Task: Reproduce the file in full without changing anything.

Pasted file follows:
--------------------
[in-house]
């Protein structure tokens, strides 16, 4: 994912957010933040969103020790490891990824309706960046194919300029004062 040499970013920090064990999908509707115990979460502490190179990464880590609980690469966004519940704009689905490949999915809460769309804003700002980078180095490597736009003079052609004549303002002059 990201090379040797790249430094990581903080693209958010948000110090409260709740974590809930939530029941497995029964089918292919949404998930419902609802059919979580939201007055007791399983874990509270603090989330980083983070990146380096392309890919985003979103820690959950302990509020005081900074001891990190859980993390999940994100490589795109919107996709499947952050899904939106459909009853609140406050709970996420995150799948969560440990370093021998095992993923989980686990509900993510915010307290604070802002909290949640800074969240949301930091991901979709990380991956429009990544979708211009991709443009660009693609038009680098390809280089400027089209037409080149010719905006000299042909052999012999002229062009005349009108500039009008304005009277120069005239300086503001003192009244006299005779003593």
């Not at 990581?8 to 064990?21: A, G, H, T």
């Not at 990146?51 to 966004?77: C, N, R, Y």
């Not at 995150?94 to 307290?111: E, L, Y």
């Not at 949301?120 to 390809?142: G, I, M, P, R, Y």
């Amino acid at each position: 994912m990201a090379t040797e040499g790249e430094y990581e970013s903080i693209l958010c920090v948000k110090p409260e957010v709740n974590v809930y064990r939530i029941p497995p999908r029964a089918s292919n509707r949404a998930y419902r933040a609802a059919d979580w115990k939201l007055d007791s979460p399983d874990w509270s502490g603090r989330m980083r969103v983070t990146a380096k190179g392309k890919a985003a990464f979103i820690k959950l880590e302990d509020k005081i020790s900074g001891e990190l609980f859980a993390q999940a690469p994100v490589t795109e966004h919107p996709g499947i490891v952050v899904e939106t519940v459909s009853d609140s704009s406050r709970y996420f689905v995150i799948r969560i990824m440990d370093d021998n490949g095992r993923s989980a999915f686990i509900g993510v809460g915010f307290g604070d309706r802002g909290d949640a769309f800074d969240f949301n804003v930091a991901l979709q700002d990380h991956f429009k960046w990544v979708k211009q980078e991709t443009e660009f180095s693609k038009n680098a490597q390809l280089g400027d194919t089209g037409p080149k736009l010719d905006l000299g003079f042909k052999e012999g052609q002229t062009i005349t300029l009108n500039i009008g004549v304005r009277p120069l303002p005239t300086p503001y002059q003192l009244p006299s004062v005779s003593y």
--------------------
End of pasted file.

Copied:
[in-house]
């Protein structure tokens, strides 16, 4: 994912957010933040969103020790490891990824309706960046194919300029004062 040499970013920090064990999908509707115990979460502490190179990464880590609980690469966004519940704009689905490949999915809460769309804003700002980078180095490597736009003079052609004549303002002059 990201090379040797790249430094990581903080693209958010948000110090409260709740974590809930939530029941497995029964089918292919949404998930419902609802059919979580939201007055007791399983874990509270603090989330980083983070990146380096392309890919985003979103820690959950302990509020005081900074001891990190859980993390999940994100490589795109919107996709499947952050899904939106459909009853609140406050709970996420995150799948969560440990370093021998095992993923989980686990509900993510915010307290604070802002909290949640800074969240949301930091991901979709990380991956429009990544979708211009991709443009660009693609038009680098390809280089400027089209037409080149010719905006000299042909052999012999002229062009005349009108500039009008304005009277120069005239300086503001003192009244006299005779003593």
């Not at 990581?8 to 064990?21: A, G, H, T």
């Not at 990146?51 to 966004?77: C, N, R, Y």
């Not at 995150?94 to 307290?111: E, L, Y």
């Not at 949301?120 to 390809?142: G, I, M, P, R, Y």
């Amino acid at each position: 994912m990201a090379t040797e040499g790249e430094y990581e970013s903080i693209l958010c920090v948000k110090p409260e957010v709740n974590v809930y064990r939530i029941p497995p999908r029964a089918s292919n509707r949404a998930y419902r933040a609802a059919d979580w115990k939201l007055d007791s979460p399983d874990w509270s502490g603090r989330m980083r969103v983070t990146a380096k190179g392309k890919a985003a990464f979103i820690k959950l880590e302990d509020k005081i020790s900074g001891e990190l609980f859980a993390q999940a690469p994100v490589t795109e966004h919107p996709g499947i490891v952050v899904e939106t519940v459909s009853d609140s704009s406050r709970y996420f689905v995150i799948r969560i990824m440990d370093d021998n490949g095992r993923s989980a999915f686990i509900g993510v809460g915010f307290g604070d309706r802002g909290d949640a769309f800074d969240f949301n804003v930091a991901l979709q700002d990380h991956f429009k960046w990544v979708k211009q980078e991709t443009e660009f180095s693609k038009n680098a490597q390809l280089g400027d194919t089209g037409p080149k736009l010719d905006l000299g003079f042909k052999e012999g052609q002229t062009i005349t300029l009108n500039i009008g004549v304005r009277p120069l303002p005239t300086p503001y002059q003192l009244p006299s004062v005779s003593y």